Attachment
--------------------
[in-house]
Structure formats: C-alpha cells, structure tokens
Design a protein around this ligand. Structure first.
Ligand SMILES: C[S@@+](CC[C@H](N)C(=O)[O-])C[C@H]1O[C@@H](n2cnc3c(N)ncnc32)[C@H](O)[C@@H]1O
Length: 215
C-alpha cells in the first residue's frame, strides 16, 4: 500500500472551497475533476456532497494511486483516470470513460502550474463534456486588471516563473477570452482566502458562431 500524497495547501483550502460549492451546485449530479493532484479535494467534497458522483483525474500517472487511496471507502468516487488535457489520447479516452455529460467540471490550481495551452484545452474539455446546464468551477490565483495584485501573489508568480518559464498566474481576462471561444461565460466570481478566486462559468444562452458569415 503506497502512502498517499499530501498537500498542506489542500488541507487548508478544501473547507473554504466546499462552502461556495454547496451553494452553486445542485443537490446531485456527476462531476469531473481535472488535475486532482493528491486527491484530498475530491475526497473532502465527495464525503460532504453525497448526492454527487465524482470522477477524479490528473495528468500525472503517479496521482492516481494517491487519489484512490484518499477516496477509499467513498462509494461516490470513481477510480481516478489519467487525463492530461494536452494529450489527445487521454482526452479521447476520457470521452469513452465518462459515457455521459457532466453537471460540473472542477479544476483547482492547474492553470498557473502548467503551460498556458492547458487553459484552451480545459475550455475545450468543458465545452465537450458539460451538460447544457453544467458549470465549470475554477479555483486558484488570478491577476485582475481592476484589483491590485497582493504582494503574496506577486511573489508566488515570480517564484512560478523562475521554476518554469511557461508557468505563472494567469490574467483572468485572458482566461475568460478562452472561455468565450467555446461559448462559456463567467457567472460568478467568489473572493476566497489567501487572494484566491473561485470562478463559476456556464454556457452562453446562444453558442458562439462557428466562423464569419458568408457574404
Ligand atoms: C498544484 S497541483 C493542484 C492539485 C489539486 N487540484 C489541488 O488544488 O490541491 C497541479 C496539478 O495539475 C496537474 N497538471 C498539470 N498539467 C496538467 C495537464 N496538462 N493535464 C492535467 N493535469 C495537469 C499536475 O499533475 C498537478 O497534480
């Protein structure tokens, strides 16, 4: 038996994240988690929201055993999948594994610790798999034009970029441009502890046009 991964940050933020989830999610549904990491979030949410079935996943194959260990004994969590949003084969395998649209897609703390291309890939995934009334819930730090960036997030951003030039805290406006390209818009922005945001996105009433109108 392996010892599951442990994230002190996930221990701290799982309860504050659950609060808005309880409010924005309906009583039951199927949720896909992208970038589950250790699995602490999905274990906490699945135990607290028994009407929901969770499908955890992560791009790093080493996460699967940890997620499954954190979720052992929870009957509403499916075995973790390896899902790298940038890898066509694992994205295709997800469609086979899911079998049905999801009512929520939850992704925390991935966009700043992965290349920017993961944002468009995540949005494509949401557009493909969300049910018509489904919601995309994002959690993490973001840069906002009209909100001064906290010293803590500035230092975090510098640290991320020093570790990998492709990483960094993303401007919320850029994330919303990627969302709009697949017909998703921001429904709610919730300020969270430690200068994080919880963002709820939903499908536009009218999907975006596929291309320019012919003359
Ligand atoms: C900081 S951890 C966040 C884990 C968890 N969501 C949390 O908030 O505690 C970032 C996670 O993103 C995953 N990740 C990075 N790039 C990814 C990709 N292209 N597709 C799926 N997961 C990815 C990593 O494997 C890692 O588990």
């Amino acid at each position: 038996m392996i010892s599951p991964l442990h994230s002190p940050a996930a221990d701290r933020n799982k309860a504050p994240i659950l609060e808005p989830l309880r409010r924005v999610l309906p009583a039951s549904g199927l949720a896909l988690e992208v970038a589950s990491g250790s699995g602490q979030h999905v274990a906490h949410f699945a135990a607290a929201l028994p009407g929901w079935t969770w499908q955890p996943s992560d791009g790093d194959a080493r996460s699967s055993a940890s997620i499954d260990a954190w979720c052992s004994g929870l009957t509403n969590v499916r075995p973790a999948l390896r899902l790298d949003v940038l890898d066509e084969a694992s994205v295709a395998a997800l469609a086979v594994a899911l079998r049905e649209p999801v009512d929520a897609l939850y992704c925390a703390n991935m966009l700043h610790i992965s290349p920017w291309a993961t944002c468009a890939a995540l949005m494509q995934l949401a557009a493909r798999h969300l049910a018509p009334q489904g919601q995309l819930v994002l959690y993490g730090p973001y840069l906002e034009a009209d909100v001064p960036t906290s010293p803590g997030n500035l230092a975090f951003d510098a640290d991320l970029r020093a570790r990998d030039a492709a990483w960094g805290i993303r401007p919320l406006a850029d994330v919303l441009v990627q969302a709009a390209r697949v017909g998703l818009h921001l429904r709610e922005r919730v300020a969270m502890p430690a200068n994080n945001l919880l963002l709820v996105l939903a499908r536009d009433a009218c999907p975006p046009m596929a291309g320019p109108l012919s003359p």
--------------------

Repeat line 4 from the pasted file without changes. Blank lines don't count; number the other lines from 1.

Ligand SMILES: C[S@@+](CC[C@H](N)C(=O)[O-])C[C@H]1O[C@@H](n2cnc3c(N)ncnc32)[C@H](O)[C@@H]1O